Seattle currently sits 9th in the WHL in current rating and 5th in "Power Rating" (as a reminder, Power Rating is a measure that attempts to predict how good a team will be going forward). So the Massey Ratings are expecting Seattle to play a bit better as the season moves along.

They are 13th in Offense, 6th in Defense and they have the 21st "Home Ice Advantage". (Another reminder that HIA isn't a pure measure of how good a team is at home but rather how much their performance is impacted by playing at home. If a team wins all their games at home but loses all their road games they're going to have a much higher HIA than a team that wins all their home games and all their road games).

They have played the 3rd toughest schedule and they have the #1 toughest schedule for the remainder of the season.

Why have they played such a tough schedule and will continue to play such a tough schedule?

The U.S. Division (and also the BC Division). The U.S. Division ranks 2nd in strength behind the B.C. Division. This makes the Western Conference tougher than the Eastern Conference to this point in the season.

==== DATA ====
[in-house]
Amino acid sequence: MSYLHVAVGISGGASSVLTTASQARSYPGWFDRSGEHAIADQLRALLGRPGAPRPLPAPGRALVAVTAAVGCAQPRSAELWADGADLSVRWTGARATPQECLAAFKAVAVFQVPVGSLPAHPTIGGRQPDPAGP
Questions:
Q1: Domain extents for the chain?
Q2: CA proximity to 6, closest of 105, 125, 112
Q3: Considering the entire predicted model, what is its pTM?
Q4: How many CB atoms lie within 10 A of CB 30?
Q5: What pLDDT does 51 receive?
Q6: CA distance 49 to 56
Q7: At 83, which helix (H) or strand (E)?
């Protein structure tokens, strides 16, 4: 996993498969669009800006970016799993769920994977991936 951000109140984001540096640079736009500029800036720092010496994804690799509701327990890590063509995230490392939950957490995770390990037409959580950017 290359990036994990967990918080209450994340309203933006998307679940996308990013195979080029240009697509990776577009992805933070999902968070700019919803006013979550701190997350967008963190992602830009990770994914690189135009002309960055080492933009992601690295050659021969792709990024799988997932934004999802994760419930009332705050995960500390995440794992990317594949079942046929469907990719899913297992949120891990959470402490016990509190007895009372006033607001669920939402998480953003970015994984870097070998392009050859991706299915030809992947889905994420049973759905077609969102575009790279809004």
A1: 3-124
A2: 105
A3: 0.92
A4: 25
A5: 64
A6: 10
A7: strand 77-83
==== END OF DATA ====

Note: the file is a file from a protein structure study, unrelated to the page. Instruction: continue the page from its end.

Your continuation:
Seattle has an opportunity to take advantage of a weaker Division on this road trip.

Seattle has remaining "expected wins" of 26 and "expected losses" of 29 which would finish their record at 33-35-2-1. Some of those 29 losses will no doubt come in OT or the Shootout so their expected point total of 69 should probably inch closer to 75 depending on how many of those "expected losses" are pushed to the extra frame.

Kelowna is the top rated team. Followed in order by Brandon, Everett, Medicine Hat, Tri-City, Prince George, Kamloops, Spokane and then Seattle. Portland checks in at #11 but have a Power Rating of 5th. So don't expect the struggles to continue too much for the Winterhawks.

On the flip side, the MR's think we should see some regression from PG, Kamloops and Spokane but not from the Everett Silvertips.

Kelowna has expected wins of 60! Wow. That will probably regress a little but a repeat of their 57 wins from a year ago seems quite reasonable at this point.


Shoot the Puck... at the "right time"

I tweeted about this the other day and I meant to expand on it and my schedule just hasn't allowed for it (something that has become far too common these days). Seattle will host the Red Deer Rebels tonight and I will be watching closely how many times Seattle hits the net with the puck.

Seattle fired a ton of pucks at the net Saturday night and just wasn't able to score, losing to the Vancouver Giants 1-0 but the fact that they got those pucks to the net is a sign that good things should start happening more often (provided they keep shooting... I'll get to that).